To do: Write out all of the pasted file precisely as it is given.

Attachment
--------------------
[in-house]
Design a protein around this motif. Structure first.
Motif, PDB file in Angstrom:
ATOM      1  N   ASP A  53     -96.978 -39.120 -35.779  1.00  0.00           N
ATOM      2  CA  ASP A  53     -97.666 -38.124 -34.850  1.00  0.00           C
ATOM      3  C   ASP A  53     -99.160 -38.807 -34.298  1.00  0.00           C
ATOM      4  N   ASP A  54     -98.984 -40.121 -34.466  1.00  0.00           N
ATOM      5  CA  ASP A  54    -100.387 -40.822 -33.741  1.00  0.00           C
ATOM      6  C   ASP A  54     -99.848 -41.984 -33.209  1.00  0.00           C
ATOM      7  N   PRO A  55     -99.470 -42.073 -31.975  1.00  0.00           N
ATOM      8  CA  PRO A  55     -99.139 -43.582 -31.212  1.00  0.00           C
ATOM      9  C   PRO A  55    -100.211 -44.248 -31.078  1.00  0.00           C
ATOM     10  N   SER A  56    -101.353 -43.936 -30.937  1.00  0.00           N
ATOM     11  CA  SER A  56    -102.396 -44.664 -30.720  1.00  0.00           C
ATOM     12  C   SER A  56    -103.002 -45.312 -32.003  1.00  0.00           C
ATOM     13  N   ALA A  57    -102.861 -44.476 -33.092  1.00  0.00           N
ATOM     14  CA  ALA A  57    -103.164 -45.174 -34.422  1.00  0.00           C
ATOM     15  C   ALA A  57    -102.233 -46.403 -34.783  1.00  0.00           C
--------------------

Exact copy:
[in-house]
Design a protein around this motif. Structure first.
Motif, PDB file in Angstrom:
ATOM      1  N   ASP A  53     -96.978 -39.120 -35.779  1.00  0.00           N
ATOM      2  CA  ASP A  53     -97.666 -38.124 -34.850  1.00  0.00           C
ATOM      3  C   ASP A  53     -99.160 -38.807 -34.298  1.00  0.00           C
ATOM      4  N   ASP A  54     -98.984 -40.121 -34.466  1.00  0.00           N
ATOM      5  CA  ASP A  54    -100.387 -40.822 -33.741  1.00  0.00           C
ATOM      6  C   ASP A  54     -99.848 -41.984 -33.209  1.00  0.00           C
ATOM      7  N   PRO A  55     -99.470 -42.073 -31.975  1.00  0.00           N
ATOM      8  CA  PRO A  55     -99.139 -43.582 -31.212  1.00  0.00           C
ATOM      9  C   PRO A  55    -100.211 -44.248 -31.078  1.00  0.00           C
ATOM     10  N   SER A  56    -101.353 -43.936 -30.937  1.00  0.00           N
ATOM     11  CA  SER A  56    -102.396 -44.664 -30.720  1.00  0.00           C
ATOM     12  C   SER A  56    -103.002 -45.312 -32.003  1.00  0.00           C
ATOM     13  N   ALA A  57    -102.861 -44.476 -33.092  1.00  0.00           N
ATOM     14  CA  ALA A  57    -103.164 -45.174 -34.422  1.00  0.00           C
ATOM     15  C   ALA A  57    -102.233 -46.403 -34.783  1.00  0.00           C